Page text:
The Schenectady City School Board started its search for a new superintendent anew Wednesady night, grappling with the same tradeoffs between an open versus closed search process it faced nearly a year ago.
The board late last month announced it had failed to reach a contract agreement with the sole finalist who emerged after a monthslong search process. During Wednesday’s virtual board meeting, the board restarted discussions about what a search process should look like, with some board members arguing strongly for a completley closed process while others suggested they felt more community involvement was important.
“At this point, we are committed to starting a new search,” board President John Foley said beore the board dived into a lengthy discussion about what that search should look like.
During its last search, the board used a mixed approach that solicited public input into the desired characteristics of a superintendent at the outset of the search, using that information to develop the job posting and other materials. The board planned to then present a small number of finalists to groups of community and staff members to gather input before the board zeroed in on a final candidate; but by the time the board reached that process, one of two finalists had dropped out and the board only took one candidate to the community members. Some people criticized the process, including the local chapter of the NAACP, which withdrew from participating when it became clear only one candidate would go before the community groups.
Some board members appeared burned by how that process played out and argued on behalf of a more closed search, which could bypass the use of groups of community members who would be asked to sign confidentiality agreements to participate in those meetings.
Board member Ann Reilly expressed a reluctance to involve the community as deeply as the board did in the last search, citing the fact that the name of the lone finalist to meet with groups of community and staff members was ultimately publicized in the media.
“We chose community leaders, we chose parents, we let the union choose faculty, we chose other community leaders who weren’t parents… and at least one of those people violated that trust and signed a confidentiality agreement and violated it,” Reilly said. “And that is something I think we can’t forget.”
Reilly said she thought the last process was a hybrid approach and said she was worried about using a process that would again rely on community participants to maintain confidentiality.
At least two other board members appeared ready to back a closed search process as well. Board President John Foley, who noted he won’t be on the board when it ultimately makes a hiring decision because his term runs out in June, said he wanted the board to consider a closed search. Board member Andy Chestnut, who is running for another term in next month’s school board race, said he thinks a closed process is necessary to garner the best candidates. Pointing out that community members have called for both an open search process and a candidate with superintendent experience, Chestnut said those two desires may be in conflict.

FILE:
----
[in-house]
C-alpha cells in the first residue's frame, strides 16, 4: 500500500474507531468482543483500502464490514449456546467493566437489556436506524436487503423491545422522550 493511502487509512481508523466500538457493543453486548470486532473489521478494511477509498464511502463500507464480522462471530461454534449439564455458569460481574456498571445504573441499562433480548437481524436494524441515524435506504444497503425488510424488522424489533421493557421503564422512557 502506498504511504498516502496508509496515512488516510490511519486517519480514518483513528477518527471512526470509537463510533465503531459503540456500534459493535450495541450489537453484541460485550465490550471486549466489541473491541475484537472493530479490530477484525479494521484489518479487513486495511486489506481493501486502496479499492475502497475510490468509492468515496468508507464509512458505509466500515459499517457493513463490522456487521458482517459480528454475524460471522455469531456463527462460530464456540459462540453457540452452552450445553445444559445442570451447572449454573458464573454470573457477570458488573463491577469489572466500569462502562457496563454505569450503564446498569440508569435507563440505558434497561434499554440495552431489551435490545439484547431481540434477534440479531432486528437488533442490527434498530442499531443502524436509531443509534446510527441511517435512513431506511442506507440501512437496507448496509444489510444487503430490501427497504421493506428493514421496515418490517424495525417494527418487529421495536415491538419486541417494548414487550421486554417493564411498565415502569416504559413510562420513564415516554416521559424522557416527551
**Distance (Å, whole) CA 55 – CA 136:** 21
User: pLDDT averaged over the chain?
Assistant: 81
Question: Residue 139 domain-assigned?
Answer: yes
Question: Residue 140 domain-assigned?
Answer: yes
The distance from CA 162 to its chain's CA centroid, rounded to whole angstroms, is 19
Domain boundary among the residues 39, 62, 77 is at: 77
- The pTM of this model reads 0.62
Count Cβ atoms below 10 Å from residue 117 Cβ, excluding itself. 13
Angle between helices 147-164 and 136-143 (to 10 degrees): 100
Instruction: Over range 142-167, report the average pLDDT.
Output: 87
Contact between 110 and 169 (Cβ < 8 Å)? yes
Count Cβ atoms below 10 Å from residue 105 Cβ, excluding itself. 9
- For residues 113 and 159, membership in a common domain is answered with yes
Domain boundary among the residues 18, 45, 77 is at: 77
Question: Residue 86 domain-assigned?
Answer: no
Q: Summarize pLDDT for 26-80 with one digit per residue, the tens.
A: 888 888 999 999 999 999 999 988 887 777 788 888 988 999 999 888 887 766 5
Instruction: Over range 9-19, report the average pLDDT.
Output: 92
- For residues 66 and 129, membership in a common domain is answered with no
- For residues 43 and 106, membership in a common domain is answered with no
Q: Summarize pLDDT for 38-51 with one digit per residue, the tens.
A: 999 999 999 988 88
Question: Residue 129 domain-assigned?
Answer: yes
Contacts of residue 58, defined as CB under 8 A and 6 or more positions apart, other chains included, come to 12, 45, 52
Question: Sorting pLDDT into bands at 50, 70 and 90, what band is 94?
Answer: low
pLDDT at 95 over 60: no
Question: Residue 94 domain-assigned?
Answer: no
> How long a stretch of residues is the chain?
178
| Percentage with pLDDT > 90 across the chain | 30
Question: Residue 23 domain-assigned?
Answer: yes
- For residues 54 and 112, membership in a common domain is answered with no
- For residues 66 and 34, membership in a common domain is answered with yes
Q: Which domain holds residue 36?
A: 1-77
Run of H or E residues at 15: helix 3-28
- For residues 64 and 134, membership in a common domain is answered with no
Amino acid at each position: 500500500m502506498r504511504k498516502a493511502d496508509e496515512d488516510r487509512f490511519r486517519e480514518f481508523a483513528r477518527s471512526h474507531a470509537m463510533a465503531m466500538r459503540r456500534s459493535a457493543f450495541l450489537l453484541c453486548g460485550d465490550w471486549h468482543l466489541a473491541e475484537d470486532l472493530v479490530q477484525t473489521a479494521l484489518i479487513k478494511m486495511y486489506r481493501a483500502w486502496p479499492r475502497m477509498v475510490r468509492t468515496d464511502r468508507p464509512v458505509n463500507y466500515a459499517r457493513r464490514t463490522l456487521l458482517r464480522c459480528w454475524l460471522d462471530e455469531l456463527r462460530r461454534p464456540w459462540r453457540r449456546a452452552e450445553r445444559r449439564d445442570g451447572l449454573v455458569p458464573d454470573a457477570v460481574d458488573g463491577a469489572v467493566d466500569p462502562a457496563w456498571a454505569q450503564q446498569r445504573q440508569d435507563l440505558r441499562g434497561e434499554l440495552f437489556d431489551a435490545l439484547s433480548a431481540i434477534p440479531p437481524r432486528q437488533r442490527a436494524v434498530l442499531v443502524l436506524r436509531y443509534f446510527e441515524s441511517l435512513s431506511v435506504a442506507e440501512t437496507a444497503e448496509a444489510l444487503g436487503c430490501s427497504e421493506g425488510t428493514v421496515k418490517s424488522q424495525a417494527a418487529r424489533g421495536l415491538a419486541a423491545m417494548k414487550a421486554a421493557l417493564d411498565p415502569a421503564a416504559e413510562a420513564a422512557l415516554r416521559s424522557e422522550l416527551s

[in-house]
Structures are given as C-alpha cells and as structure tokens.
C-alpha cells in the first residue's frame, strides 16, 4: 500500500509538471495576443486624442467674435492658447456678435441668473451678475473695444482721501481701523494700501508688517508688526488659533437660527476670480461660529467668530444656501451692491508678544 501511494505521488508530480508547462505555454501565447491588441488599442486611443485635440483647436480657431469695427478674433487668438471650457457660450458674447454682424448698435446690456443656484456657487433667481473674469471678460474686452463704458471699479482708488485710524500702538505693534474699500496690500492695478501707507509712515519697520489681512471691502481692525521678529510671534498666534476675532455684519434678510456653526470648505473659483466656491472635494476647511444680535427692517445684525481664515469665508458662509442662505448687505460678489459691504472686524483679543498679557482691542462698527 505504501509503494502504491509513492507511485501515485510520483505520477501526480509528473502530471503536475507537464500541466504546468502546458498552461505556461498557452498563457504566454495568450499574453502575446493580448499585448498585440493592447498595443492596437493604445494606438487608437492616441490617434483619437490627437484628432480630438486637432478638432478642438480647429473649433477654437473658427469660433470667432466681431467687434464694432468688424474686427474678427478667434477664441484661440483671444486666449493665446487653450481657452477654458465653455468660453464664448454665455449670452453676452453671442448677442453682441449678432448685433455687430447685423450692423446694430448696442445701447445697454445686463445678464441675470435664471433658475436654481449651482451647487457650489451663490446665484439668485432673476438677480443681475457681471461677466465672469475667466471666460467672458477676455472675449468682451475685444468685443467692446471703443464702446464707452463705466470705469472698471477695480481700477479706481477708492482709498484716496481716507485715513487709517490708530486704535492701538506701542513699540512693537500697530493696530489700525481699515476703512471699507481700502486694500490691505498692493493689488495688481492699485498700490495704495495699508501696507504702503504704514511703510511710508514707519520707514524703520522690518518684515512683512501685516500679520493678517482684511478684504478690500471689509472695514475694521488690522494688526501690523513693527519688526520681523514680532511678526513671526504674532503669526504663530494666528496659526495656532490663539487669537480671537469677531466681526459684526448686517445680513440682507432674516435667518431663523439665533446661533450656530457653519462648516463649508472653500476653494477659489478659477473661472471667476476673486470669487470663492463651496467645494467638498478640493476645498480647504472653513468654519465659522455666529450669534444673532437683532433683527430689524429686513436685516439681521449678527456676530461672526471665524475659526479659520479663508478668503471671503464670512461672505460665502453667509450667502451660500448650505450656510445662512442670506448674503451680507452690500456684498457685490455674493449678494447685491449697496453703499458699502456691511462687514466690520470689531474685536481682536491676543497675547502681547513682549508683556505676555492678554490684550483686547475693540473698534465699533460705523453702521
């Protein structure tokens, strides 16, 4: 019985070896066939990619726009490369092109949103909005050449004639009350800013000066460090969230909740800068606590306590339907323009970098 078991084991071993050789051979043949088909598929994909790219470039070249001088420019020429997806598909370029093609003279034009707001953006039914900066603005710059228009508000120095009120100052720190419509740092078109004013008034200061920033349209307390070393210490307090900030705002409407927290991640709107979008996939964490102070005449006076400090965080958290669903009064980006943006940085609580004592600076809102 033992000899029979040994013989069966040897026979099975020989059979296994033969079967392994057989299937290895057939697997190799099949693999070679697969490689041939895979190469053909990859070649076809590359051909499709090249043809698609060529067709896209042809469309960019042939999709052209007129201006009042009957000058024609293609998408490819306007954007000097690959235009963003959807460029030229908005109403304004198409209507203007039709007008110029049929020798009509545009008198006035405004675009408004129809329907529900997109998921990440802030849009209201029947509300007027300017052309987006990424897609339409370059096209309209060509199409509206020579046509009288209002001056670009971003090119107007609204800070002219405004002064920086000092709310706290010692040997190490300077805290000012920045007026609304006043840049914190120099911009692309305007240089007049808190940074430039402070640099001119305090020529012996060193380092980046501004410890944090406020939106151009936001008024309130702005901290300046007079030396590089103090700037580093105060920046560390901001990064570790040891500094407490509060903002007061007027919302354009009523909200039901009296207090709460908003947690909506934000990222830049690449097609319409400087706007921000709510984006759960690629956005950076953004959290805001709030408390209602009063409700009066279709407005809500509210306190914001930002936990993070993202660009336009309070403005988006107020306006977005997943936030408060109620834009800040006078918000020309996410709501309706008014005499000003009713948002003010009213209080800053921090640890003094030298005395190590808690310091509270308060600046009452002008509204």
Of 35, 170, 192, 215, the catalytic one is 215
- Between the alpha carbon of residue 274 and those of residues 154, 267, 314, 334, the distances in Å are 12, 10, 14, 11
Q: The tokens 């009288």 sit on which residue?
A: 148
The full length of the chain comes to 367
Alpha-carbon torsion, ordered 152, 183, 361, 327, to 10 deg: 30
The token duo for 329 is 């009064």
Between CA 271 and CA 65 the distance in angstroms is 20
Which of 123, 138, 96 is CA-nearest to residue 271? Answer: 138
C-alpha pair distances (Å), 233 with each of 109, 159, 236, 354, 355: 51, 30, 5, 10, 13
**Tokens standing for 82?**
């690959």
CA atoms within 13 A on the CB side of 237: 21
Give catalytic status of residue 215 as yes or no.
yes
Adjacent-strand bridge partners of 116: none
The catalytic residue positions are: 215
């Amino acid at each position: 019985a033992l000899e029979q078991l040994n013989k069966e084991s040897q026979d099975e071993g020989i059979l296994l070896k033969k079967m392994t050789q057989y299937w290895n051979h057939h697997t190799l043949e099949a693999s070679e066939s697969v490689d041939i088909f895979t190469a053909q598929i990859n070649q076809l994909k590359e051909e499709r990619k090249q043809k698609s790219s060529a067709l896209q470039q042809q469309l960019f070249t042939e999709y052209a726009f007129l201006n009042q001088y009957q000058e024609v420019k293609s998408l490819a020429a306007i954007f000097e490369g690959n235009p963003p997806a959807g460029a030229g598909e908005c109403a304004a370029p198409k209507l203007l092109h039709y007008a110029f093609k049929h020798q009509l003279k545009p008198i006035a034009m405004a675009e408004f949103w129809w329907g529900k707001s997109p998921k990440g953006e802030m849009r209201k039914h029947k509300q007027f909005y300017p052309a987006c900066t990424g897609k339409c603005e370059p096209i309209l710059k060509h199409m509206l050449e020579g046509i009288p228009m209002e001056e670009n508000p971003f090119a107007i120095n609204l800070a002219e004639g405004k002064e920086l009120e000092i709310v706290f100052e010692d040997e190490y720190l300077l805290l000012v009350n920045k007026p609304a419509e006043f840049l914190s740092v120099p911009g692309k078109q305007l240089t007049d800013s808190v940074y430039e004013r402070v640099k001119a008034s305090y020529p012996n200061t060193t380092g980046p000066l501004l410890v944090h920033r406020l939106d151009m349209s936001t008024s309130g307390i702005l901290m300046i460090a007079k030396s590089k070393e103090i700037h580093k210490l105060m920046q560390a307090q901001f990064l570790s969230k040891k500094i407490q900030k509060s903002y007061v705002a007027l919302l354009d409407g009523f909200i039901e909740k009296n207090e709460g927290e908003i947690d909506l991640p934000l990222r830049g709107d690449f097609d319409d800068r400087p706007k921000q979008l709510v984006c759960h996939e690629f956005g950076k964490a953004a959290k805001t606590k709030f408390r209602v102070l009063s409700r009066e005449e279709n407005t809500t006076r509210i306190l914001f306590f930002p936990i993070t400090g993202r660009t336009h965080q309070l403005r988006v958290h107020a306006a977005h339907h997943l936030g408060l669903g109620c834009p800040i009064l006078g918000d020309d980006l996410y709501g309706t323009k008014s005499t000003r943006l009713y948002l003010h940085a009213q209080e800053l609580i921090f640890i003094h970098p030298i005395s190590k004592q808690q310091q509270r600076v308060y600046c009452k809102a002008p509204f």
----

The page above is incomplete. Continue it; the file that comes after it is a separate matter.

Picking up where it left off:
“We want an orange, but you must pick it from the apple tree,” he said of the community’s desires.
Capital Region BOCES Superintendent Anita Murphy, who ran the last search, told the board that an open process turns away many of the most qualified potential candidates; at least one board member said Murphy had said she was approached by multiple people interested in the positon who did not want apply because of how open the last process was.
But board member Bernice Rivera argued that community trust and input is critical to ensuring a strong culture within the district and said she wanted to find ways to explore a more open search process, pulling up an article about the benefits of an open search that noted while board membes come and go, the community always remains. She also pointed to a recent BOCES study that found a culture of mistrust pervaded the district and said involving staff and community in the search was part of addressing those kinds of issues.
“I think it’s important we do make our communtiy, our families and our staff feel like they are part of the process,” Rivera said. “I would pause at this moment, personally, about doing a closed search.”
The board also discussed the possibility of hiring an outside consultant to help conduct a search, with mutliple members interested in at least inviting search companies to make proposals about how they would carry out a process. The board did not make any final decisions about how to move forward.